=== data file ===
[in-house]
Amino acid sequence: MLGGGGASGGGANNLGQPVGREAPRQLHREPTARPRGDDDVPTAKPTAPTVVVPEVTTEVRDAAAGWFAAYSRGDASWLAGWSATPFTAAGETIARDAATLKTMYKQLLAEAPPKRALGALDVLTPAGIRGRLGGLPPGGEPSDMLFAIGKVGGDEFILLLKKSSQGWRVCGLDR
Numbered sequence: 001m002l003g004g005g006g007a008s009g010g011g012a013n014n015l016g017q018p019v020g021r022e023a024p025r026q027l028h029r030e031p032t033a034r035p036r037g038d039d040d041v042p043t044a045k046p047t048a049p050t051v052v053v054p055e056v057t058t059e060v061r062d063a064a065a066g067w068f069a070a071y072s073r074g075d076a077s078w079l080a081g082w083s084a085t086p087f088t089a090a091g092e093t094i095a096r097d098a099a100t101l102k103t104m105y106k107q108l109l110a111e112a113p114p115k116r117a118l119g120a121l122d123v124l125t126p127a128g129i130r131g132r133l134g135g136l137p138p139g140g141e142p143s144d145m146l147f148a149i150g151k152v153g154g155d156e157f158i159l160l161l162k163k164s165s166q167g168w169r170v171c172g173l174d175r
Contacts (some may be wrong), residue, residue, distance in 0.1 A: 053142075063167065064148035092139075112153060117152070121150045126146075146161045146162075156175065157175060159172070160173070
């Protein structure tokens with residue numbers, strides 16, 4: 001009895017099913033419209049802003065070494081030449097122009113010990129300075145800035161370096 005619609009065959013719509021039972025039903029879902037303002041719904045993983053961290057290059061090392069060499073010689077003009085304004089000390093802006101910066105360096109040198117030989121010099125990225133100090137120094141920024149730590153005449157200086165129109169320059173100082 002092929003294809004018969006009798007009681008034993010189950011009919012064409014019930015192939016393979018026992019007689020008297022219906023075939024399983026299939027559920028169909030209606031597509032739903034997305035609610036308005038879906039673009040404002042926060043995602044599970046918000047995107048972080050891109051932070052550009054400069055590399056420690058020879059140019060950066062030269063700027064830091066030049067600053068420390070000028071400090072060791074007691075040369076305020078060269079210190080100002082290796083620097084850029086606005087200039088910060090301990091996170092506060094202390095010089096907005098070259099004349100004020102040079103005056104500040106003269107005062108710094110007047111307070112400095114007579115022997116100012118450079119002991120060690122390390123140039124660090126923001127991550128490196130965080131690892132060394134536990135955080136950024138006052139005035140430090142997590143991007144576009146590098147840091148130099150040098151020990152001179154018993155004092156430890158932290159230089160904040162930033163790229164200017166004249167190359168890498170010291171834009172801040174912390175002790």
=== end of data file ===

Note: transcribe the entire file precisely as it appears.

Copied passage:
[in-house]
Amino acid sequence: MLGGGGASGGGANNLGQPVGREAPRQLHREPTARPRGDDDVPTAKPTAPTVVVPEVTTEVRDAAAGWFAAYSRGDASWLAGWSATPFTAAGETIARDAATLKTMYKQLLAEAPPKRALGALDVLTPAGIRGRLGGLPPGGEPSDMLFAIGKVGGDEFILLLKKSSQGWRVCGLDR
Numbered sequence: 001m002l003g004g005g006g007a008s009g010g011g012a013n014n015l016g017q018p019v020g021r022e023a024p025r026q027l028h029r030e031p032t033a034r035p036r037g038d039d040d041v042p043t044a045k046p047t048a049p050t051v052v053v054p055e056v057t058t059e060v061r062d063a064a065a066g067w068f069a070a071y072s073r074g075d076a077s078w079l080a081g082w083s084a085t086p087f088t089a090a091g092e093t094i095a096r097d098a099a100t101l102k103t104m105y106k107q108l109l110a111e112a113p114p115k116r117a118l119g120a121l122d123v124l125t126p127a128g129i130r131g132r133l134g135g136l137p138p139g140g141e142p143s144d145m146l147f148a149i150g151k152v153g154g155d156e157f158i159l160l161l162k163k164s165s166q167g168w169r170v171c172g173l174d175r
Contacts (some may be wrong), residue, residue, distance in 0.1 A: 053142075063167065064148035092139075112153060117152070121150045126146075146161045146162075156175065157175060159172070160173070
């Protein structure tokens with residue numbers, strides 16, 4: 001009895017099913033419209049802003065070494081030449097122009113010990129300075145800035161370096 005619609009065959013719509021039972025039903029879902037303002041719904045993983053961290057290059061090392069060499073010689077003009085304004089000390093802006101910066105360096109040198117030989121010099125990225133100090137120094141920024149730590153005449157200086165129109169320059173100082 002092929003294809004018969006009798007009681008034993010189950011009919012064409014019930015192939016393979018026992019007689020008297022219906023075939024399983026299939027559920028169909030209606031597509032739903034997305035609610036308005038879906039673009040404002042926060043995602044599970046918000047995107048972080050891109051932070052550009054400069055590399056420690058020879059140019060950066062030269063700027064830091066030049067600053068420390070000028071400090072060791074007691075040369076305020078060269079210190080100002082290796083620097084850029086606005087200039088910060090301990091996170092506060094202390095010089096907005098070259099004349100004020102040079103005056104500040106003269107005062108710094110007047111307070112400095114007579115022997116100012118450079119002991120060690122390390123140039124660090126923001127991550128490196130965080131690892132060394134536990135955080136950024138006052139005035140430090142997590143991007144576009146590098147840091148130099150040098151020990152001179154018993155004092156430890158932290159230089160904040162930033163790229164200017166004249167190359168890498170010291171834009172801040174912390175002790």